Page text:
Daniels, Gerald Eric Jr., and Andria Smythe. “Student Debt and Labour Market Outcomes.” AEA Papers and Proceedings, vol. 109, 2019, pp. 171-175, American Economic Association.
Using the NLSY97 and a difference-in-difference approach to study large workforce groups the authors of this article examined the impact of a student loan on later income, employment, hours worked, and hourly wages. They claim that the difference in pre-college and post-college income is about 8-9 percent, but there is information to state that it is mainly connected with a higher number of working hours. The study only examines the economic effects of student debt but omits questions on psychological health, life satisfaction, delayed family formation, and homeownership. There is no specific information on differences between disciplines, so it is impossible to conclude in which areas of knowledge the degree affects the level of income and in which it does not. Despite these lacunas, the article is important as it examines the economic position of indebted graduates in the labor market in comparison to their peers who do not pay for loans and can work less hours as a result.
Hui, Zheng. “Why Does College Education Matter? Unveiling the Contributions of Selection Factors.” Social Science Research, vol. 68, 2017, pp. 59-73, ScienceDirect.
The article examines the relationship between obtaining college and university degrees and various health and socioeconomic outcomes. The author uses the National Longitudinal Survey of Youth (1979) and analyzes it with the propensity score matching method. The study indicates that people with bachelor’s degrees and higher (not lower) embrace healthier lifestyles and demonstrate higher levels of life satisfaction, regardless of race and cultural background. However, the influence of social status on lifestyle choices has not been investigated; it is argued that it can have a significant initial impact. The article will be helpful while writing about long-term health effects because the existent stereotype of college and university students argues that students ruin their health during their studying years.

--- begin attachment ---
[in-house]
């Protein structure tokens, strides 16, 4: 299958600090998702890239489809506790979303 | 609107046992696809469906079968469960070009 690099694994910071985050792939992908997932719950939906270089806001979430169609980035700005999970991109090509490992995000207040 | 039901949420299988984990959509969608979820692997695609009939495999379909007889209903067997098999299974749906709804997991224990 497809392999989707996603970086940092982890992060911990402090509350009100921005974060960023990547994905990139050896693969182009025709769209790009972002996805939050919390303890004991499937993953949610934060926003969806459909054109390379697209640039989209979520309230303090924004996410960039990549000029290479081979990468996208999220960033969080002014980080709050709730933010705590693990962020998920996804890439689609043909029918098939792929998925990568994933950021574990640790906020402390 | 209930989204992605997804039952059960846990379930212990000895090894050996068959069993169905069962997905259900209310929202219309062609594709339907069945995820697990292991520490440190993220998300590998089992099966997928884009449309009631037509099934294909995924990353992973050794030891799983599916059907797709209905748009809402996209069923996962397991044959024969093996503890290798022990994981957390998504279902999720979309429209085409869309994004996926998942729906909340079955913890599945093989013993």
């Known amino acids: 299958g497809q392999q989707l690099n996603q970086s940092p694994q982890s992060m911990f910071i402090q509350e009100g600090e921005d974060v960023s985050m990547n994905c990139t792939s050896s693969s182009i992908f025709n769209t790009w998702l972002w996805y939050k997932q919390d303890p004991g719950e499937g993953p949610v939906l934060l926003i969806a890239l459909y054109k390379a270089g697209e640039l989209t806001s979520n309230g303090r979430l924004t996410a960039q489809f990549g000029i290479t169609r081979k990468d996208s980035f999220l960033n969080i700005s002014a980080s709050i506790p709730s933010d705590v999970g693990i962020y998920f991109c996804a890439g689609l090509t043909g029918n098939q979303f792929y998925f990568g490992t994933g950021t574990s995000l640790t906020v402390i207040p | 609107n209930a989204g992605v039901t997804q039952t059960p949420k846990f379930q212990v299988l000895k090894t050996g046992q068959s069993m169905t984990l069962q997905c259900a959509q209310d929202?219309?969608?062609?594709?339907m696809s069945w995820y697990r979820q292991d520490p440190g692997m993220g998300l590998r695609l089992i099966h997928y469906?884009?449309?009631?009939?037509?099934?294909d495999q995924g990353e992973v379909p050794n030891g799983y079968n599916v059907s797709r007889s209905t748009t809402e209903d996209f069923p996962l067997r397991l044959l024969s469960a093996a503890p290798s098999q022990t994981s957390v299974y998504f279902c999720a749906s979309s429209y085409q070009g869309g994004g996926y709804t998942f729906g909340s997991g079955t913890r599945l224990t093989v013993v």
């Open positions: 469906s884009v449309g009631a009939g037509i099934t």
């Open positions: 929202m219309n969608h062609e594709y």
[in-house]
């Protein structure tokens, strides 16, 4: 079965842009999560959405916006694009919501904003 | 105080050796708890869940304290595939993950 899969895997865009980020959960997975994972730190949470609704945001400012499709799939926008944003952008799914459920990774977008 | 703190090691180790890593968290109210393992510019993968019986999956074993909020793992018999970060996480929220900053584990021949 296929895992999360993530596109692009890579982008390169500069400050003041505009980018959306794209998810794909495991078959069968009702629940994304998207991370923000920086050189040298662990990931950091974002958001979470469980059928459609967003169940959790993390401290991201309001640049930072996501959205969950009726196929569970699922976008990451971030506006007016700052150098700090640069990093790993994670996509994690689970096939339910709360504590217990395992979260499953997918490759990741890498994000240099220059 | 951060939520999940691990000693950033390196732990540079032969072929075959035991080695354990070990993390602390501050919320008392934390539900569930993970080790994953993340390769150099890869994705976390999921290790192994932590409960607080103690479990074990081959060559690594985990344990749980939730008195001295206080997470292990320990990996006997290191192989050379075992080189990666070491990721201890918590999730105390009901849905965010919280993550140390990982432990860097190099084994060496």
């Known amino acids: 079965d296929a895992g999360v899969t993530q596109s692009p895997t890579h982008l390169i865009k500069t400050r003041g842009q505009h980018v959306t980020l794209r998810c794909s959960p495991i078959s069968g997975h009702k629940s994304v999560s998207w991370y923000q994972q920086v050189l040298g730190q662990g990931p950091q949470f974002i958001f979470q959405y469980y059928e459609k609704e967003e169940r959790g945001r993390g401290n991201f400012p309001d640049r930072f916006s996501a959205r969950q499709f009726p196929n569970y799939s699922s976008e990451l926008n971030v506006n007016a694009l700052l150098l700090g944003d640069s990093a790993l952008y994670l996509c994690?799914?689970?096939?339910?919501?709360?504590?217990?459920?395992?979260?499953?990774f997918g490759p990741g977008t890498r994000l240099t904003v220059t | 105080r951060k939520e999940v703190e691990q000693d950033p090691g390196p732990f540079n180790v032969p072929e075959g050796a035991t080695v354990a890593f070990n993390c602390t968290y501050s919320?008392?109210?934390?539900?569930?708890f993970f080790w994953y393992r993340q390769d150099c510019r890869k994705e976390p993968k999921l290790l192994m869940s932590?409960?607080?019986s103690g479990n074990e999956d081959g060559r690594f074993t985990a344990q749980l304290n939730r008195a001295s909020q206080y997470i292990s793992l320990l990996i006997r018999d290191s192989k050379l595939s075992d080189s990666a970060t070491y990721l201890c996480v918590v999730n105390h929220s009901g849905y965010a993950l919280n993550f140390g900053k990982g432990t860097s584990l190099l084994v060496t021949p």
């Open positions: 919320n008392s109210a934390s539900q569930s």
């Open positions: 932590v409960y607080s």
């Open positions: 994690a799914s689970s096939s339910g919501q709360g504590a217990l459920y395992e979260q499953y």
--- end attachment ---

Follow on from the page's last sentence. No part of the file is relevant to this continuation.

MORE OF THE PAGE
Seifert, Tricia, et al. “Ten Challenges and Recommendations for Advancing Research on the Effects of College on Students.” AERA Open, vol. 3, no. 2, 2017, pp.1-12, Sage Journals.
The authors describe and analyze the historiography of researching higher education’s influence on students starting from the early research in the 1960s published in The American College and The Impact of College on Students. In addition, they discuss and describe possible areas and questions for further research, such as “rational myths” or the efficacy of student selection and admission policy. The strong point is that it examines the information on many generations of students since the 1950s and indicates a range of positive effects of higher education. However, the article misses two important things: the ratio of benefits and growing educational costs; second, the data of the last century influences the modern picture, which can differ dramatically. Overall, the information from the article gives a historical perspective on the issue and undeniable comprehensive data on the impact of education on psychological health, earnings, and social and marital status of people.
Daniels, Gerald Eric Jr., and Andria Smythe. “Student Debt and Labour Market Outcomes.” AEA Papers and Proceedings, vol. 109, May 2019, pp. 171-175, American Economic Association.
Hui, Zheng. “Why Does College Education Matter? Unveiling the Contributions of Selection Factors.” Social Science Research, vol. 68, Nov. 2017, pp. 59-73, ScienceDirect.
Seifert, Tricia, et al. “Ten Challenges and Recommendations for Advancing Research on the Effects of College on Students.” AERA Open, vol. 3, no. 2, Apr-Jun. 2017, pp.1-12, Sage Journals.